According to UNICEF’s 2015 data, about 14.6% babies of babies around the world weigh under 2.5 kg at birth.
Low birthweight is associated with a higher chance of death during the first month of life. It also poses a greater risk of lower IQ and stunted growth.
Additionally, babies with very low birthweight are more prone to developing chronic conditions (e.g., obesity, diabetes, etc.) in adulthood.
A recent observational cohort study, the largest of its kind so far, shed light on factors contributing to reduced complications at birth, including low birthweight.
It implied introducing low-cost supplementation during pregnancy may improve birth outcomes. The study particularly highlighted the effects of products containing multiple micronutrients.
The study followed 96,341 Botswanian women between 2014 and 2020, comparing their supplementation strategies with birth outcomes. As many as 22.5% of women had HIV.
The different supplementation strategies included:
- Taking folic acid supplements only
- Taking iron supplements only
- Taking the WHO-recommended combination of folic acid and iron (IFAS)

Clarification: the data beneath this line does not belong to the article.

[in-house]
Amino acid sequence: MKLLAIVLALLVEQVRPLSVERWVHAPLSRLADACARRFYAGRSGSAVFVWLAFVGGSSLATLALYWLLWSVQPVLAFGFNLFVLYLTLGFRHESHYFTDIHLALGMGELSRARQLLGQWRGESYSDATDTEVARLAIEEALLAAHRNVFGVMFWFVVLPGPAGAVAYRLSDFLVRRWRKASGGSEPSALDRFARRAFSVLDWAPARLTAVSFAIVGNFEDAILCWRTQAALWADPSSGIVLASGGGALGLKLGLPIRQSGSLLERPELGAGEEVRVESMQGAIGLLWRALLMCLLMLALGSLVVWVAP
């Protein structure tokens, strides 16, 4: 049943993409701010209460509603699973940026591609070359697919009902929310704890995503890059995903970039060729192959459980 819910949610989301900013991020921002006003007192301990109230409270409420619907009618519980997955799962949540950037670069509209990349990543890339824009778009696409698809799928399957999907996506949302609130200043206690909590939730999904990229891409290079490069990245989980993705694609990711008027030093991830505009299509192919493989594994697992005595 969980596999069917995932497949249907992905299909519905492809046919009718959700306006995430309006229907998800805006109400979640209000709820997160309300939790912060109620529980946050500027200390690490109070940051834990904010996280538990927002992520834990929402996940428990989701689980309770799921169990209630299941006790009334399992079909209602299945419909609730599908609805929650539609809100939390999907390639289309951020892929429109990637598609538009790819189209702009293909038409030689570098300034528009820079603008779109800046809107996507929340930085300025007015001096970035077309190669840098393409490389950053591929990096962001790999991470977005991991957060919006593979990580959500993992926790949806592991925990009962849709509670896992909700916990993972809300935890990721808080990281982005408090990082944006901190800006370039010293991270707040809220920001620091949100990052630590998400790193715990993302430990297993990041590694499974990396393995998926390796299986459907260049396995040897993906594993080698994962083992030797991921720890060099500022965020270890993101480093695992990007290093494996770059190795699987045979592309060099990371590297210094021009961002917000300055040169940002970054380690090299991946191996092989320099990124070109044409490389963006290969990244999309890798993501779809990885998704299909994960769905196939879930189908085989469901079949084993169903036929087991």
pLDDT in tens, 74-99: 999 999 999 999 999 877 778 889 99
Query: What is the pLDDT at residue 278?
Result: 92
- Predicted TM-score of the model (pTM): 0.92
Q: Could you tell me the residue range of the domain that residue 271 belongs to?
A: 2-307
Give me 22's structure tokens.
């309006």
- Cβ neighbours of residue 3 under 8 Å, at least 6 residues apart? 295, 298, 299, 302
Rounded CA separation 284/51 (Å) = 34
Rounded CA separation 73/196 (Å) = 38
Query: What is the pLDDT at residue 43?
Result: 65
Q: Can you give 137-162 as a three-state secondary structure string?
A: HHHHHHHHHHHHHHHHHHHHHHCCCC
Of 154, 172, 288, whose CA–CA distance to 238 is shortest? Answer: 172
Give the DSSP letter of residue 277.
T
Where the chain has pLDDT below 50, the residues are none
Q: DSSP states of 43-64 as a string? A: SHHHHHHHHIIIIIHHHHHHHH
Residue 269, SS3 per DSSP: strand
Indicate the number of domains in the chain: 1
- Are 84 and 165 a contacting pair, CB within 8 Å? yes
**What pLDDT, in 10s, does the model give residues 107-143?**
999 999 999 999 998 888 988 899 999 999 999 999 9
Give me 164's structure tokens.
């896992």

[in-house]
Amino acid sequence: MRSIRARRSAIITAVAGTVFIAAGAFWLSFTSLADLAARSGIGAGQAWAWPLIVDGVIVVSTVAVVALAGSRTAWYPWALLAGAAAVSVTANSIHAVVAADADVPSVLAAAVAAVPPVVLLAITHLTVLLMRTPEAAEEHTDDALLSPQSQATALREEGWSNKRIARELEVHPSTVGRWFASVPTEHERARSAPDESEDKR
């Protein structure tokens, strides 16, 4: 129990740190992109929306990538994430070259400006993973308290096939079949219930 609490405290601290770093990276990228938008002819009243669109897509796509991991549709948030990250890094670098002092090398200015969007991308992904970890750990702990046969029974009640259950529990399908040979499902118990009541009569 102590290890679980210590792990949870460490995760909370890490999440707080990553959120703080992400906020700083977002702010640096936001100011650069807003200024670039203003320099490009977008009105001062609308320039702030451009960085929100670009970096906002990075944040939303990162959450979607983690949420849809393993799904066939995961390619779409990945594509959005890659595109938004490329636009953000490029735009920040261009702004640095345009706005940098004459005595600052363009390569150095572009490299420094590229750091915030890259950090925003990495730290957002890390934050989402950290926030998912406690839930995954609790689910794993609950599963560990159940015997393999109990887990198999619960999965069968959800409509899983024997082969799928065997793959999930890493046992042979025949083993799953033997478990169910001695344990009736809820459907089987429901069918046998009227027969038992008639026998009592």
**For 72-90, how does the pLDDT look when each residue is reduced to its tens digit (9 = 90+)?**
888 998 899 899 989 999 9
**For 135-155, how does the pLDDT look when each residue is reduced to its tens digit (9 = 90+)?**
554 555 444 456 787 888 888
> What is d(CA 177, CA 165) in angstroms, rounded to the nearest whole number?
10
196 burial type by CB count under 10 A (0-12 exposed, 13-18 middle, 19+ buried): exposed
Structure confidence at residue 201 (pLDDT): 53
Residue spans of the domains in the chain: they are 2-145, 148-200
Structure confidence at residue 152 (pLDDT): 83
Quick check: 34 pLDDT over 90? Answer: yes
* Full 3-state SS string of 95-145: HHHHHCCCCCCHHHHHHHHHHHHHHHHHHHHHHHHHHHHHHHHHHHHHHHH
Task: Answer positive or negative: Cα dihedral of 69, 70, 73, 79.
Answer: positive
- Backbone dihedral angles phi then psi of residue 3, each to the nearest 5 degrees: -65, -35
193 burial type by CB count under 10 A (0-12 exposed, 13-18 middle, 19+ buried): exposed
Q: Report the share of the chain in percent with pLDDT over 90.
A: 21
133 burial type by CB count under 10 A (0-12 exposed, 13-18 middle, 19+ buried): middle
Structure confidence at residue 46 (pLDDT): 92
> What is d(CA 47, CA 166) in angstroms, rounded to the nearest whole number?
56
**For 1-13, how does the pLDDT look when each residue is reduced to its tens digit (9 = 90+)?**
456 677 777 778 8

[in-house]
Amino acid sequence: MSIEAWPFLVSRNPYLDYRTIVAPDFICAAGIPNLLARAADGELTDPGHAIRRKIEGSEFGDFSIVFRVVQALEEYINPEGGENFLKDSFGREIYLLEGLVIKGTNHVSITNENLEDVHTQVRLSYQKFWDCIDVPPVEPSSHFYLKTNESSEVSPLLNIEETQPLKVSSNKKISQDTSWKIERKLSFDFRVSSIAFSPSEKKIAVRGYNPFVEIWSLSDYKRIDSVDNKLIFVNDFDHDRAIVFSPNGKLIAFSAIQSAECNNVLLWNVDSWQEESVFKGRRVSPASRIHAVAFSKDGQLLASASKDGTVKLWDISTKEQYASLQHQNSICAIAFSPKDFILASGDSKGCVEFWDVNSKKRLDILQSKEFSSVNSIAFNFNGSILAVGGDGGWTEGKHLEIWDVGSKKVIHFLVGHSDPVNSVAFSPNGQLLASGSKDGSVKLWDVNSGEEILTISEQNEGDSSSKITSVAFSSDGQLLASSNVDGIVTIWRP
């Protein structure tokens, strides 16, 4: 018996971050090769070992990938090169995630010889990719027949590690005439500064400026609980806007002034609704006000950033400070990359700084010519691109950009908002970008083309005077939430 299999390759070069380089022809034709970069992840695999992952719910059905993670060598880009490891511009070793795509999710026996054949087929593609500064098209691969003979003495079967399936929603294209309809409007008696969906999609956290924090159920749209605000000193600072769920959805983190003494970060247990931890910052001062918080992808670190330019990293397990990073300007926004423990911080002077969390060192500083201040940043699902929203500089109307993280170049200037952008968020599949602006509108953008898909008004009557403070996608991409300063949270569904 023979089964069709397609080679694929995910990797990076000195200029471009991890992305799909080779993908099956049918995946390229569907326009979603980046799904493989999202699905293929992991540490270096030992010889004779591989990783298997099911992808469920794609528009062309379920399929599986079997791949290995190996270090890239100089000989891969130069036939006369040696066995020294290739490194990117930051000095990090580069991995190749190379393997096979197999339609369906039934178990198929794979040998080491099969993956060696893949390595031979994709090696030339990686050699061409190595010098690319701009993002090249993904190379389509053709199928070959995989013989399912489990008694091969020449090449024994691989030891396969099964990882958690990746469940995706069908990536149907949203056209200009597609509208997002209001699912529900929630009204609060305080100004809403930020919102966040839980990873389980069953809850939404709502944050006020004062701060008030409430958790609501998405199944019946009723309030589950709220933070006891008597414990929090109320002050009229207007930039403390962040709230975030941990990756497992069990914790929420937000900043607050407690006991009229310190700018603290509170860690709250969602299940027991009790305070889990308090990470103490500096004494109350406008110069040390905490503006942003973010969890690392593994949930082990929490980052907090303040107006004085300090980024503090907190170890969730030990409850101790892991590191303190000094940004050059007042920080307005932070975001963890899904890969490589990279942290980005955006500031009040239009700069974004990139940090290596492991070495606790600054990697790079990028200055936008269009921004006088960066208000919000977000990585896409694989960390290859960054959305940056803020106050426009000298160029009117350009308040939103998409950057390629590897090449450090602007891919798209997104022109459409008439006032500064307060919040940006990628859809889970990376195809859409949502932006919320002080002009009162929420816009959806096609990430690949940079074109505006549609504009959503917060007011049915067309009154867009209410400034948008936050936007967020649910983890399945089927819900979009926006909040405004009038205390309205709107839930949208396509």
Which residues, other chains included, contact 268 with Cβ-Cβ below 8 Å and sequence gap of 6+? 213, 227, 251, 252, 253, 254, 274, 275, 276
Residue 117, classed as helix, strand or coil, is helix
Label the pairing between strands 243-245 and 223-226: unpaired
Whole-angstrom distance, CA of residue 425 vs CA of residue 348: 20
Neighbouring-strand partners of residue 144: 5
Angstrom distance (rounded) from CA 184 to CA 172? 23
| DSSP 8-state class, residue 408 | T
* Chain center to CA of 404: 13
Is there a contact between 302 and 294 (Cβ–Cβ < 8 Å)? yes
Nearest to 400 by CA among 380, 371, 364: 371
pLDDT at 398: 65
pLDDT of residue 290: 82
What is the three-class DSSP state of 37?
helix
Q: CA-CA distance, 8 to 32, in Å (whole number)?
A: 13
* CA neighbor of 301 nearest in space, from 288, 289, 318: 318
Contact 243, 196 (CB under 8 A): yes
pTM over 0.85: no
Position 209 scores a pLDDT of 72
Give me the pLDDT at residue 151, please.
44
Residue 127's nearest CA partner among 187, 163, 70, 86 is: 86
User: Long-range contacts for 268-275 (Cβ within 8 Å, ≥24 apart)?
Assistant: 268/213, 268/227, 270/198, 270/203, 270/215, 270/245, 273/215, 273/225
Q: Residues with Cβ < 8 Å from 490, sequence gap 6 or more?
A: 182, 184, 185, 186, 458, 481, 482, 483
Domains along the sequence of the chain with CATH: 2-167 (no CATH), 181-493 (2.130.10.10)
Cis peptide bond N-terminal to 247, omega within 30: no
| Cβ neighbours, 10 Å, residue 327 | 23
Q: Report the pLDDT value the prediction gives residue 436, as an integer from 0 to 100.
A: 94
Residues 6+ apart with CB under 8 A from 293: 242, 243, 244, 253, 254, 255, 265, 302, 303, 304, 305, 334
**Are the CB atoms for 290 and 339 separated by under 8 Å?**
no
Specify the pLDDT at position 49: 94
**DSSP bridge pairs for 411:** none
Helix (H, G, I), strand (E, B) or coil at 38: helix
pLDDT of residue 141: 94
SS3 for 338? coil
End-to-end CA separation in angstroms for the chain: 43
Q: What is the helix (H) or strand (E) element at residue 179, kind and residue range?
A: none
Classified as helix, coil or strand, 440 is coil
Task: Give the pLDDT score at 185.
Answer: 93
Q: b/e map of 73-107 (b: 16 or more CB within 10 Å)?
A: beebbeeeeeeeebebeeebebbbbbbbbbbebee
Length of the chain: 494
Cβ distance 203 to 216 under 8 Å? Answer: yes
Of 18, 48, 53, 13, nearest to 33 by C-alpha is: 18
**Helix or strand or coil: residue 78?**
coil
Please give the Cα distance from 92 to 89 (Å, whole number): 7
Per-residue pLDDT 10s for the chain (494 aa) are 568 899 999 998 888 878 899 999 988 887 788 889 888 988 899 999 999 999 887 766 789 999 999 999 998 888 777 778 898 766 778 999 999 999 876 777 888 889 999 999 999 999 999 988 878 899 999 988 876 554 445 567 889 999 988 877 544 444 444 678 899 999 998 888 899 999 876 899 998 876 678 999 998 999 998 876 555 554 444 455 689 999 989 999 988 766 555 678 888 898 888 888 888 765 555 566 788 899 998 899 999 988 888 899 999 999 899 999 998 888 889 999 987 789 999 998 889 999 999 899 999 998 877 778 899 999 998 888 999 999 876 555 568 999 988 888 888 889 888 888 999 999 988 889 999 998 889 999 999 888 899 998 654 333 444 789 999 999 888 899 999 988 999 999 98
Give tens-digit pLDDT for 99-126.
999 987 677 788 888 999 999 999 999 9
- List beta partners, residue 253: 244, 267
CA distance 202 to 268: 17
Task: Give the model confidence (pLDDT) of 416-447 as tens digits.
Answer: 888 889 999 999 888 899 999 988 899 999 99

- Taking multiple micronutrient supplementation (MMS)
MMS referred to the products containing iron, standard doses of vitamins A, B1, B2, B3, B6, B12, folic acid, copper, selenium, iodine, and zinc.
The research team discovered that supplementing only with iron or folic acid resulted in more complications than supplementing with IFAS.
The complications included:
- A higher chance of preterm and very preterm birth
- Low and very low birthweight
- Neonatal death
MMS performed even better than IFAS in improving birth outcomes. Taking MMS resulted in substantially smaller chances of preterm births and low birthweight.
Additionally, the study found that MMS prenatal supplementation may be particularly effective in improving birth outcomes in pregnant women with HIV and women older than 35.
Though more research is necessary for WHO to start recommending this type of prenatal supplementation, this study is an excellent first step toward it.